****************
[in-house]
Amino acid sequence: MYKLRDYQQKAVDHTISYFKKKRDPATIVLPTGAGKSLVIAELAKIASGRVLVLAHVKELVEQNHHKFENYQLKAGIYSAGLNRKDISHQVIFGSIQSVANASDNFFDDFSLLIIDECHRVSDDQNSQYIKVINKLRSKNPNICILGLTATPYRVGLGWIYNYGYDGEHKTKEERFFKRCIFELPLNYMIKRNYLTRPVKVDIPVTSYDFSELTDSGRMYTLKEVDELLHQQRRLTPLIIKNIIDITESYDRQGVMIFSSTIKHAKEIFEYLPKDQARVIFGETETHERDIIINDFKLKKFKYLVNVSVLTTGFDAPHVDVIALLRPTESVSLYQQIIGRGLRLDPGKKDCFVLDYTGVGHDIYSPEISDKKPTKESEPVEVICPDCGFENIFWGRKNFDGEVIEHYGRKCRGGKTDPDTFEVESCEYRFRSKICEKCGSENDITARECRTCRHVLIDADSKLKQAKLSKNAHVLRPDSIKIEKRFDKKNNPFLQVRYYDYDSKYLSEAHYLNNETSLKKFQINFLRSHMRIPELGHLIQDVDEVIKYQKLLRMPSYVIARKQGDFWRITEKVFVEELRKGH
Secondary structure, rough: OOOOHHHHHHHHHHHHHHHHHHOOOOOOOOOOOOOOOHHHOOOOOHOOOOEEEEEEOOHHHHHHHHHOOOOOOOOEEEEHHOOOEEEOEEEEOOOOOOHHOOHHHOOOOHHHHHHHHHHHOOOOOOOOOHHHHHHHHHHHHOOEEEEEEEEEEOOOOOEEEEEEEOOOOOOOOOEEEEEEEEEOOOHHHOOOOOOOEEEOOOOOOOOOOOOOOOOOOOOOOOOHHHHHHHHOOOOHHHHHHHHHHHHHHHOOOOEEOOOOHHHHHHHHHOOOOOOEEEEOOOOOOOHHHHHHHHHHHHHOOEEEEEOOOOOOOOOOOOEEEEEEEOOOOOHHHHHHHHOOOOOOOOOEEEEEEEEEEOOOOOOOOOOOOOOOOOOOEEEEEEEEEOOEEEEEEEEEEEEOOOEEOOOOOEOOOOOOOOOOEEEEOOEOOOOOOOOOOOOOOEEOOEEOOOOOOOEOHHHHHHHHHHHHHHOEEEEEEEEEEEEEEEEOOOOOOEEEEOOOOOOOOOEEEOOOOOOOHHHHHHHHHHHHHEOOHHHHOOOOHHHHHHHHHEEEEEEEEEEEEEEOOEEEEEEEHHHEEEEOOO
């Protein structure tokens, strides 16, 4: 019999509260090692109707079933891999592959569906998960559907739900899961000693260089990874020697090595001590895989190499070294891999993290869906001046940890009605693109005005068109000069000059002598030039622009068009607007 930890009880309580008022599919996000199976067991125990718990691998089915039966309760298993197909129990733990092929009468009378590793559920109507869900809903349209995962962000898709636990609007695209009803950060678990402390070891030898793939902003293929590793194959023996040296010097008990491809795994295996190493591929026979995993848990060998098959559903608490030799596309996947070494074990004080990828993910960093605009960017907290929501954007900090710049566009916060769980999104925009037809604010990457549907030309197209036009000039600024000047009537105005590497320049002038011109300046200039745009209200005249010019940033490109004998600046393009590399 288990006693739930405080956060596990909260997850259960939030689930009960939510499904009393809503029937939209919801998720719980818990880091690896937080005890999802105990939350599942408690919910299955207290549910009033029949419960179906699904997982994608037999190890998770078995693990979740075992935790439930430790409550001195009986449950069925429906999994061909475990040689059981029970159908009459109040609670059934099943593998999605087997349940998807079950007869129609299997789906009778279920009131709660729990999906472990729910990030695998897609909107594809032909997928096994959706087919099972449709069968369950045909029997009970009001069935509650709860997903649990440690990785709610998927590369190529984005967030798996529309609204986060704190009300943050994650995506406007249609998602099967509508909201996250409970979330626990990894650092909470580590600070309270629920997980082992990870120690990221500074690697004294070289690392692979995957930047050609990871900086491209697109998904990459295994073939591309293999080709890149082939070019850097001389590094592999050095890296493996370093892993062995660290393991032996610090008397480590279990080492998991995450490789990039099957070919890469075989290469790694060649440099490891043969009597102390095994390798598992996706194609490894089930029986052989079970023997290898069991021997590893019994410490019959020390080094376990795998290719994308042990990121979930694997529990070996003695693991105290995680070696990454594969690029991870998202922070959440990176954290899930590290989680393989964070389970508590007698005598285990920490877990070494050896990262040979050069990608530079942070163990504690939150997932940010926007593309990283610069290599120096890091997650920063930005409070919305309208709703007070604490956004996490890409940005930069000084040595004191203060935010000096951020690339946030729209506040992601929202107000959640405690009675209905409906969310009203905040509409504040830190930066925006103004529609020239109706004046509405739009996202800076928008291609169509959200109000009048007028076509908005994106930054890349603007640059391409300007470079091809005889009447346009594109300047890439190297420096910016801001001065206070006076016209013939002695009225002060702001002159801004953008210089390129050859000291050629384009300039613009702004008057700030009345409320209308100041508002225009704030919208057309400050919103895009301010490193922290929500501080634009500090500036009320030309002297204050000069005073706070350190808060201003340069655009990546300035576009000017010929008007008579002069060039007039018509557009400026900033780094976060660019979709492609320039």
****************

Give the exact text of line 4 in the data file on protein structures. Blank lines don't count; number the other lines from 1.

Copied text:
């Protein structure tokens, strides 16, 4: 019999509260090692109707079933891999592959569906998960559907739900899961000693260089990874020697090595001590895989190499070294891999993290869906001046940890009605693109005005068109000069000059002598030039622009068009607007 930890009880309580008022599919996000199976067991125990718990691998089915039966309760298993197909129990733990092929009468009378590793559920109507869900809903349209995962962000898709636990609007695209009803950060678990402390070891030898793939902003293929590793194959023996040296010097008990491809795994295996190493591929026979995993848990060998098959559903608490030799596309996947070494074990004080990828993910960093605009960017907290929501954007900090710049566009916060769980999104925009037809604010990457549907030309197209036009000039600024000047009537105005590497320049002038011109300046200039745009209200005249010019940033490109004998600046393009590399 288990006693739930405080956060596990909260997850259960939030689930009960939510499904009393809503029937939209919801998720719980818990880091690896937080005890999802105990939350599942408690919910299955207290549910009033029949419960179906699904997982994608037999190890998770078995693990979740075992935790439930430790409550001195009986449950069925429906999994061909475990040689059981029970159908009459109040609670059934099943593998999605087997349940998807079950007869129609299997789906009778279920009131709660729990999906472990729910990030695998897609909107594809032909997928096994959706087919099972449709069968369950045909029997009970009001069935509650709860997903649990440690990785709610998927590369190529984005967030798996529309609204986060704190009300943050994650995506406007249609998602099967509508909201996250409970979330626990990894650092909470580590600070309270629920997980082992990870120690990221500074690697004294070289690392692979995957930047050609990871900086491209697109998904990459295994073939591309293999080709890149082939070019850097001389590094592999050095890296493996370093892993062995660290393991032996610090008397480590279990080492998991995450490789990039099957070919890469075989290469790694060649440099490891043969009597102390095994390798598992996706194609490894089930029986052989079970023997290898069991021997590893019994410490019959020390080094376990795998290719994308042990990121979930694997529990070996003695693991105290995680070696990454594969690029991870998202922070959440990176954290899930590290989680393989964070389970508590007698005598285990920490877990070494050896990262040979050069990608530079942070163990504690939150997932940010926007593309990283610069290599120096890091997650920063930005409070919305309208709703007070604490956004996490890409940005930069000084040595004191203060935010000096951020690339946030729209506040992601929202107000959640405690009675209905409906969310009203905040509409504040830190930066925006103004529609020239109706004046509405739009996202800076928008291609169509959200109000009048007028076509908005994106930054890349603007640059391409300007470079091809005889009447346009594109300047890439190297420096910016801001001065206070006076016209013939002695009225002060702001002159801004953008210089390129050859000291050629384009300039613009702004008057700030009345409320209308100041508002225009704030919208057309400050919103895009301010490193922290929500501080634009500090500036009320030309002297204050000069005073706070350190808060201003340069655009990546300035576009000017010929008007008579002069060039007039018509557009400026900033780094976060660019979709492609320039």